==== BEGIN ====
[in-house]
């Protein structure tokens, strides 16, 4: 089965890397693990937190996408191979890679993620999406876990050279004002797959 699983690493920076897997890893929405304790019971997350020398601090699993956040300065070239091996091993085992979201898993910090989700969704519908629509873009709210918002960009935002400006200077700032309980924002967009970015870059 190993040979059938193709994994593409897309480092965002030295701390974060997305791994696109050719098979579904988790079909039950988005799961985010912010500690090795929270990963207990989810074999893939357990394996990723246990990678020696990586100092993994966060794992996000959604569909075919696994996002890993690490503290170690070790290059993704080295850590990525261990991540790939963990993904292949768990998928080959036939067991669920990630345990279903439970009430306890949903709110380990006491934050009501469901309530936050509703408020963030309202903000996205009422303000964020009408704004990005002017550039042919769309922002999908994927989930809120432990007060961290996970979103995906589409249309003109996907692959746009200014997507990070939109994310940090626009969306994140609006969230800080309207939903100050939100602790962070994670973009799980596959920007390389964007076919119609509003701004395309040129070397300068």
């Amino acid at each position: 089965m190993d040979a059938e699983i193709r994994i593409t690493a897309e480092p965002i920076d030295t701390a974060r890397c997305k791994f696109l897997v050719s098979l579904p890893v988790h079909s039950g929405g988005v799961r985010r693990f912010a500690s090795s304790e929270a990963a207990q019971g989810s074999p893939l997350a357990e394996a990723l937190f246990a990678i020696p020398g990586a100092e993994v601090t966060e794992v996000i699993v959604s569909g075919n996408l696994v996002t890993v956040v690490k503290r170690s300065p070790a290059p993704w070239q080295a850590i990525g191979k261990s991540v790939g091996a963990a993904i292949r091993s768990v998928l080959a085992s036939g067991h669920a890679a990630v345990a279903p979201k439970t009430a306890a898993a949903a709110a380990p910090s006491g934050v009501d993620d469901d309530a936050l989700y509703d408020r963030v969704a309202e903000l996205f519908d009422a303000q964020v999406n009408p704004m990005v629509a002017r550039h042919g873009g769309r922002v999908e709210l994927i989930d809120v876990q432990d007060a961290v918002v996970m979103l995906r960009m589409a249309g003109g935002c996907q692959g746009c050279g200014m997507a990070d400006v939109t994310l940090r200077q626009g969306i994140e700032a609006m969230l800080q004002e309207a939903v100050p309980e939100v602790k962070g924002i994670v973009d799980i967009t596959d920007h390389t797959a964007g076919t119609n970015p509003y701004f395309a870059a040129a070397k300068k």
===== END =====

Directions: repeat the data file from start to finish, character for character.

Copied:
[in-house]
């Protein structure tokens, strides 16, 4: 089965890397693990937190996408191979890679993620999406876990050279004002797959 699983690493920076897997890893929405304790019971997350020398601090699993956040300065070239091996091993085992979201898993910090989700969704519908629509873009709210918002960009935002400006200077700032309980924002967009970015870059 190993040979059938193709994994593409897309480092965002030295701390974060997305791994696109050719098979579904988790079909039950988005799961985010912010500690090795929270990963207990989810074999893939357990394996990723246990990678020696990586100092993994966060794992996000959604569909075919696994996002890993690490503290170690070790290059993704080295850590990525261990991540790939963990993904292949768990998928080959036939067991669920990630345990279903439970009430306890949903709110380990006491934050009501469901309530936050509703408020963030309202903000996205009422303000964020009408704004990005002017550039042919769309922002999908994927989930809120432990007060961290996970979103995906589409249309003109996907692959746009200014997507990070939109994310940090626009969306994140609006969230800080309207939903100050939100602790962070994670973009799980596959920007390389964007076919119609509003701004395309040129070397300068």
């Amino acid at each position: 089965m190993d040979a059938e699983i193709r994994i593409t690493a897309e480092p965002i920076d030295t701390a974060r890397c997305k791994f696109l897997v050719s098979l579904p890893v988790h079909s039950g929405g988005v799961r985010r693990f912010a500690s090795s304790e929270a990963a207990q019971g989810s074999p893939l997350a357990e394996a990723l937190f246990a990678i020696p020398g990586a100092e993994v601090t966060e794992v996000i699993v959604s569909g075919n996408l696994v996002t890993v956040v690490k503290r170690s300065p070790a290059p993704w070239q080295a850590i990525g191979k261990s991540v790939g091996a963990a993904i292949r091993s768990v998928l080959a085992s036939g067991h669920a890679a990630v345990a279903p979201k439970t009430a306890a898993a949903a709110a380990p910090s006491g934050v009501d993620d469901d309530a936050l989700y509703d408020r963030v969704a309202e903000l996205f519908d009422a303000q964020v999406n009408p704004m990005v629509a002017r550039h042919g873009g769309r922002v999908e709210l994927i989930d809120v876990q432990d007060a961290v918002v996970m979103l995906r960009m589409a249309g003109g935002c996907q692959g746009c050279g200014m997507a990070d400006v939109t994310l940090r200077q626009g969306i994140e700032a609006m969230l800080q004002e309207a939903v100050p309980e939100v602790k962070g924002i994670v973009d799980i967009t596959d920007h390389t797959a964007g076919t119609n970015p509003y701004f395309a870059a040129a070397k300068k």